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Medicaid.  A band-aid on the health of society.  Touted as health insurance for the under-served.  Healthcare for people who cannot afford to pay cash for medical care or cover the cost of health insurance premiums under the Affordable Care Act.  Honest people down on their luck or working minimum wage jobs excited to have medical coverage slowly realize the inhumanity of having insurance that no one accepts.  They test their faith as they filter through hopefuls.  Specialists accepting medicaid are rare.  Perhaps the blame falls on a profession that feels entitled to compensation.  No one begrudges an employee expecting pay for an honest days work.  Most people do not begrudge their doctor either.  Caring for those in pain is not your typical capitalist endeavor but the law intimidates big hearted doctors.  Patient anecdotes suggest more than a few grinches have survived Cindy Lou and the Whobilation.  What a conundrum, capitalism creates.canstockphoto2431393

Perhaps I am critical.  Medicaid tries.  Some people get care.  Many do not.  They do not find timely or appropriate guidance  for the care they need.  Take your pick of -ists:  neurologists, orthopedists, physical therapists, anesthesiologists, psychologists, internists.  As your friendly neighborhood spine specialist how am I to squelch the drama associated with unremitting back pain, weird tingly sensations and other neurological phenomena.

Problem numero uno for NJ chiropractors.  Medicaid does not pay for consults.  The party line. This service is not paid.  The members health benefit plan does not cover this service when performed by this provider.   Medicare pays for initial chiropractic consults. Medicaid?! No sir.  The initial consult is the crux of the patient-doctor encounter and the key component in diagnosing the reason for needing to visit a doctor in the first place.  The government saw the light and increased payment of family physicians to medicare rates.  That may not sound like a big deal but it is huge.  This saves the time and money involved with the supermarket approach to healthcare.   As primary spine care physicians that can save the healthcare system a significant amount of Benjamins, why would you not pay for most important service.  The initial consult.  Brits might sneer “penny wise, pound foolish.” Nuyoricans would holler, “¡lo barato, sale caro!”

Problem two for NJ chiropractors.  NJ Medicaid only reimburses  for the chiropractic adjustment.  That’s good.  Six bucks is certainly better than a goose egg.  One lovely soul took my pity on me.  Sincere gratitude is a beautiful thing.  Back on task.  Treatment choice is more important than remuneration.  What happens when “adjustments” are not the best treatment option.   What if, the spinal joint being “adjusted” is not the primary problem.  What about other health conditions mimicking spinal pain.  Or nerve lesions better served by other strategies?  What of patients in need of advanced treatment or advice better served by another professional.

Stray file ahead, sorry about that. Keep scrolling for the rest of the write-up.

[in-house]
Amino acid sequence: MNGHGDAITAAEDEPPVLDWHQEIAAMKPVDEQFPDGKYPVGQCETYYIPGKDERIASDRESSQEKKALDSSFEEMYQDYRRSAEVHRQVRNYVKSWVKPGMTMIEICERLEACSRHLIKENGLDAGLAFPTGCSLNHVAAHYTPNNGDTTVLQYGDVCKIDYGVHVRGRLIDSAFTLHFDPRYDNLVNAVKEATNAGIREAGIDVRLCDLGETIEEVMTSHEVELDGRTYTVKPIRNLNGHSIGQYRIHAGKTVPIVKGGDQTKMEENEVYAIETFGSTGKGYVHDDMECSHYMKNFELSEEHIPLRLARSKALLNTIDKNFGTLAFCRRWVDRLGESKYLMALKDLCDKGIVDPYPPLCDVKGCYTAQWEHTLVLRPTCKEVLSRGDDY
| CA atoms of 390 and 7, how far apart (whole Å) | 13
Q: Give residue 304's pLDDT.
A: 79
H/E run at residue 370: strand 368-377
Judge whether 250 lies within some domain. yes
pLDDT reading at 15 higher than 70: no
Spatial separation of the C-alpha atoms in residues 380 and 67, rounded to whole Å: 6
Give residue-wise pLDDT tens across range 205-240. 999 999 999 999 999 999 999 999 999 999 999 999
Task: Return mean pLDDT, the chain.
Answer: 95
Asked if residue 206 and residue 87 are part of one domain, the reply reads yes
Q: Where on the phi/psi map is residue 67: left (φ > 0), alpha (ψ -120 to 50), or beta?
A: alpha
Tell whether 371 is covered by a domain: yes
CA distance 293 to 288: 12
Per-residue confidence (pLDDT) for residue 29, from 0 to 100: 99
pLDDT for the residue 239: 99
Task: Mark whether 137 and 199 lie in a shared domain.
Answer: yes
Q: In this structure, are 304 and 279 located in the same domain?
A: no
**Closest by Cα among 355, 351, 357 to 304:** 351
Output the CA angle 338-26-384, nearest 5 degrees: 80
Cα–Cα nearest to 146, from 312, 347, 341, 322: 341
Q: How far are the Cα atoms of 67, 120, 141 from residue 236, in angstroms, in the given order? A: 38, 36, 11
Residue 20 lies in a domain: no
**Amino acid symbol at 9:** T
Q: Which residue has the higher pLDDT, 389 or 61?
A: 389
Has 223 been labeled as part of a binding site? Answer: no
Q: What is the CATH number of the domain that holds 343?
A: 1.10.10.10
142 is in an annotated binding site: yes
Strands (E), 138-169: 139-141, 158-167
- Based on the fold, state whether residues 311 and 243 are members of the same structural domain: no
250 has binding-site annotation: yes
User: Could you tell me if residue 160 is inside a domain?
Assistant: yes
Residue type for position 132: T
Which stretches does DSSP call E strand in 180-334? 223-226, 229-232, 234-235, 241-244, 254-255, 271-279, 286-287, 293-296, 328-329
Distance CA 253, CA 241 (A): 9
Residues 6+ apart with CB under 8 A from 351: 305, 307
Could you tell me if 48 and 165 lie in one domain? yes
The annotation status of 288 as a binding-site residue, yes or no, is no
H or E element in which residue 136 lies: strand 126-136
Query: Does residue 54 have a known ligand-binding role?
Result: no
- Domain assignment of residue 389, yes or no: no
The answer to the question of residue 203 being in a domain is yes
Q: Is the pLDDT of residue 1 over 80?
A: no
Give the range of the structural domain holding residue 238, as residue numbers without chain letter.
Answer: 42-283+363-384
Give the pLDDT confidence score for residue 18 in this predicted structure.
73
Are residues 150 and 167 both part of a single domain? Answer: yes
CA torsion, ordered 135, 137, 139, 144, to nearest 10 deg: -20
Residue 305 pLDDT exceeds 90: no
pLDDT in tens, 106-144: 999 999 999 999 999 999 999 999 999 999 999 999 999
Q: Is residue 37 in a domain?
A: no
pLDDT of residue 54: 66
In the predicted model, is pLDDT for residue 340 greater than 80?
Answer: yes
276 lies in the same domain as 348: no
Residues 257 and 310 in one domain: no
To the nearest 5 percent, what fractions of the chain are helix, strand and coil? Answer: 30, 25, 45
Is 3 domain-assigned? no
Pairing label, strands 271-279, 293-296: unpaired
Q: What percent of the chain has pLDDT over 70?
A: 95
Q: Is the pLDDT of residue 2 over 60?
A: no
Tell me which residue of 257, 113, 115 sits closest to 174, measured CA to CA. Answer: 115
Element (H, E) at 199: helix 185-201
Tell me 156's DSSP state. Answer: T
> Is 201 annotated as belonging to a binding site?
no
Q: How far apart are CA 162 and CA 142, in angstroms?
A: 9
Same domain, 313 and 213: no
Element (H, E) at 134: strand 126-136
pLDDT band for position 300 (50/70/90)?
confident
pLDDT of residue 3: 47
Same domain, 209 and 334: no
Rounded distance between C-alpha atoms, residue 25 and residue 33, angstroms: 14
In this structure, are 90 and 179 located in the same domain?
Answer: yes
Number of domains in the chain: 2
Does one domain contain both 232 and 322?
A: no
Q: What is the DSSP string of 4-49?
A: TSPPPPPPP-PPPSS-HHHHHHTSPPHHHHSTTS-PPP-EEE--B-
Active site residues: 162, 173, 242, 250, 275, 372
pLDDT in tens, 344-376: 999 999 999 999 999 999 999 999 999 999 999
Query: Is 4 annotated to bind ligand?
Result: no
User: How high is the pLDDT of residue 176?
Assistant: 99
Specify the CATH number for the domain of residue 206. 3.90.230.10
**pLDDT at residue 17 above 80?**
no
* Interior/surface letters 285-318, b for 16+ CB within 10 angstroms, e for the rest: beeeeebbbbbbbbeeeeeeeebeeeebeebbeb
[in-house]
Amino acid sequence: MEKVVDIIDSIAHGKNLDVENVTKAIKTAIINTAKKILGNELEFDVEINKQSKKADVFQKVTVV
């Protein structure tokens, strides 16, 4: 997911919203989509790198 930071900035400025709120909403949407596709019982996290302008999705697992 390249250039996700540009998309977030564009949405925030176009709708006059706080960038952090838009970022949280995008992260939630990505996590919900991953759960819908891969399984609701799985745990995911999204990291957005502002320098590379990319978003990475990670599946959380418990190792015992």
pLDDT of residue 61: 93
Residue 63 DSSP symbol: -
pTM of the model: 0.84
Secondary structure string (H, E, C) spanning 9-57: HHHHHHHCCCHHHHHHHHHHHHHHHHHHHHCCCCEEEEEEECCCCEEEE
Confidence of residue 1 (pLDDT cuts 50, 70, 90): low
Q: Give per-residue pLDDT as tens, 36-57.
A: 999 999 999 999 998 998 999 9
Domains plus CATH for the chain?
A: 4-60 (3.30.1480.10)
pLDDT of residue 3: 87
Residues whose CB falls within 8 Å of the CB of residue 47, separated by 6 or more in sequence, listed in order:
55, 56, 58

Third problem.  Chiropractic perception.  Medicaid did not create the perceptions but it may have shaped their reimbursement policies on them.  This is interesting.  A love-hate relationship of sorts.   On one hand, the profession has the highest patient satisfaction of most health professionals.  We are a down to earth bunch who excel at connecting with people.   On the other hand, some view us a quacks hustling the latest and greatest thingamabob.  Or worse yet, swindlers unfit to brandish the title of doctor.   In spite of it all, we have earned the right to be called physicians and the responsibility to diagnose spine pain. Ironically, not all of us dutifully accept that calling .  Perhaps chiropractic reimbursement challenges are an echo of past practices.  Sequelae of chiropractic history.  Fortunately, the ANJC and NJ State Chiropractic Board are doing yeoman’s work self-regulating the profession in terms of continuing education, public protection and a unified message to change the perception of chiropractic care.  Many good doctors are following suit.  In the meantime, public policy lags.

canstockphoto19746352Lastly.  Hustlers and swindlers.  In a perfect world, we could reconcile (1) the need for sick people to receive quality care with (2) reasonable compensation for doctors while (3) timely penalizing those knuckleheads abusing the system at either end of the spectrum.  Hell, that’s the goal of the ACA.   Entitlement conversations exhaust me.  But I am hopeful that conscious capitalism will surge and the system will self-correct.

I like Bandaids.  They are useful.  Some of them even cute and funny.  It amuses me that even the heartiest adult would humbly ask for bandaid to protect a boo-boo.  Do we feel compelled to do something? Anything is better than doing nothing.  But the grime of wear and tear demands periodic replacement.  Fresh air to ensure positive progress.  Service lies at the heart of every profession.  Herein lies the fundamental idea of society.  One person excels at some craft and offers that service to those who lack or refuse to perform that skill.  People helping people.  Garbagemen, educators, farmers, engineers, plumbers, proctologists.  In this way, we serve one another and earn our daily bread.  Health care cannot fall prey to capitalism.  People get sold on medicaid and then cannot find the care they are promised.  There is something inhumane in denying a helping hand.  Denying a man the means to make a living is equally upsetting.  Medicaid has not caught up to the hype.   I am riding the karma train for now and trying do the the right thing.   I am hopeful NJ will catch up.